Project Activities Excel is Ideal for:
- To-Do Lists
- Task Tracking
- Budget Management
- Issues, Risks and Changes Tracking
- Pivot Table Reports
Project Activities Excel is Not Ideal for:
- Advanced Project Management
- Team Management
- Client or Stakeholder Management
- Gantt Charts (okay it has been done, but it’s not time well spent)
- Real-time reporting
In short, use Excel as a tool that can help you, not make things harder for you. Luckily there are other project tools that can help offset Excel’s limitations, and they generally work seamlessly with Excel so you can toggle between both programs as needed.
Excel Compatibility with Other Applications
The many problems with Excel are often tolerated because of its overall utility. But most people need to get their data in or out of Excel in order to process information from other programs. Since Excel is often used as a complex calculations and analytics tool for data exported from other programs, it’s important to know how Excel can work with other programs to get the most utility out of your data.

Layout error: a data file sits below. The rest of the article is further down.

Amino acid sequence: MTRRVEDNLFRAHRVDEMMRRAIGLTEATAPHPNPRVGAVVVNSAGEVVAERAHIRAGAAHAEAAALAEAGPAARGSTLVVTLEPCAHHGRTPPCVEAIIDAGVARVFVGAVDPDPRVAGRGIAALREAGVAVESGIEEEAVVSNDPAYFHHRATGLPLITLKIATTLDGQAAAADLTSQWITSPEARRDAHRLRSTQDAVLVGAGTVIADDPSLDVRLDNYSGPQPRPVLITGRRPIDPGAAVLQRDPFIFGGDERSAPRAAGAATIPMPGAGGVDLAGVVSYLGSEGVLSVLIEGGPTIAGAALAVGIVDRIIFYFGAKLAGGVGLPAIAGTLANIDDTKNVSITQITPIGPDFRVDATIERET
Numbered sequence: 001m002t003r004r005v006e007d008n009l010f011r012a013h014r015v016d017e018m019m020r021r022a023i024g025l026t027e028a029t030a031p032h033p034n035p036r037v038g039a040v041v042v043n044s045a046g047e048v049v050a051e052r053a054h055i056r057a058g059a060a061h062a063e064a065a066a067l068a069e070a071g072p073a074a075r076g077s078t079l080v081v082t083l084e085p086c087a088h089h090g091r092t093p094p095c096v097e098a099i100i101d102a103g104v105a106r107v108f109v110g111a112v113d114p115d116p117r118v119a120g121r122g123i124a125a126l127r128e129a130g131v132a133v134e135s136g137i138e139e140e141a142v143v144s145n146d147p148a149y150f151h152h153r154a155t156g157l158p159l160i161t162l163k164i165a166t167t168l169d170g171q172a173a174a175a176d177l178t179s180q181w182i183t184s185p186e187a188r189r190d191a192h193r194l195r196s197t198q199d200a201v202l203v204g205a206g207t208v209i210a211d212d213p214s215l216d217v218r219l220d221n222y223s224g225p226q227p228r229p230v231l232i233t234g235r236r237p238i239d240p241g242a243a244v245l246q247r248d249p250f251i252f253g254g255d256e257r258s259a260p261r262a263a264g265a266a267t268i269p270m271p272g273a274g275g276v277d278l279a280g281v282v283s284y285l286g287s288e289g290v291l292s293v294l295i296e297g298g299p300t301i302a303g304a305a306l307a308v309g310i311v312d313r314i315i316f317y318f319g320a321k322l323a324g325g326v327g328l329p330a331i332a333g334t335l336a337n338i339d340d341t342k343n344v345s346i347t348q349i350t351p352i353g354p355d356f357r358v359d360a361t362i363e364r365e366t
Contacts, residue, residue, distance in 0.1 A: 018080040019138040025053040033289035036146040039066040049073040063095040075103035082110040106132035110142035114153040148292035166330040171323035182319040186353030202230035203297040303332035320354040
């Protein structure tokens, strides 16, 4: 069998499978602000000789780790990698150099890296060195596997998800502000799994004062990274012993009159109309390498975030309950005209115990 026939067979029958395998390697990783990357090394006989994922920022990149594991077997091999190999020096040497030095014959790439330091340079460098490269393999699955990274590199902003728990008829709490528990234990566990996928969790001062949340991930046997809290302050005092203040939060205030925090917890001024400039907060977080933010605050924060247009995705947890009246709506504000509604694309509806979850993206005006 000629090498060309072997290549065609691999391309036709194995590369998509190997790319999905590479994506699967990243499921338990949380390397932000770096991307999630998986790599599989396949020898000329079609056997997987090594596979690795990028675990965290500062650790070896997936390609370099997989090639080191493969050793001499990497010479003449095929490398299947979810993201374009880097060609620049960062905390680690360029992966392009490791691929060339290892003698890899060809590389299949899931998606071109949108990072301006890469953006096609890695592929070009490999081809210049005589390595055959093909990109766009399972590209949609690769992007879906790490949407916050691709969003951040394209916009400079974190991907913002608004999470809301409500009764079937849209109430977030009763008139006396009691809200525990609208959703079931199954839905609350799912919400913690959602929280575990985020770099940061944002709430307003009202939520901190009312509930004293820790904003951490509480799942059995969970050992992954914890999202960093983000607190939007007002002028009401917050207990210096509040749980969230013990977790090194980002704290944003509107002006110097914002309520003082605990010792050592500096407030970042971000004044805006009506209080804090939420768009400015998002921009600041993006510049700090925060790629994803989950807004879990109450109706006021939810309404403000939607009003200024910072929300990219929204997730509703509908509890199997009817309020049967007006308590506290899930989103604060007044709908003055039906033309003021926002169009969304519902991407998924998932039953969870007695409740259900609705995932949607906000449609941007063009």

Excel is part of the Microsoft Office suite, along with Microsoft Word, Powerpoint, Outlook and other business productivity tools. Microsoft also developed a project management software called Microsoft Project, which is designed for advanced project planning and management, usually for enterprise-level projects. Clearly, Microsoft has developed compatibilities across all of its applications for ease of import and export.
Because the Excel format is so widely used, however, it is widely compatible with a large swatch of other applications outside the Microsoft ecosystem. Most project management software applications offer Excel importing and exporting to facilitate data synchronization across programs. This is important to understand, because while Excel can be a project starting document and a great data analysis tool, it can be overly complicated for managing projects the whole way through.
Excel for Task Management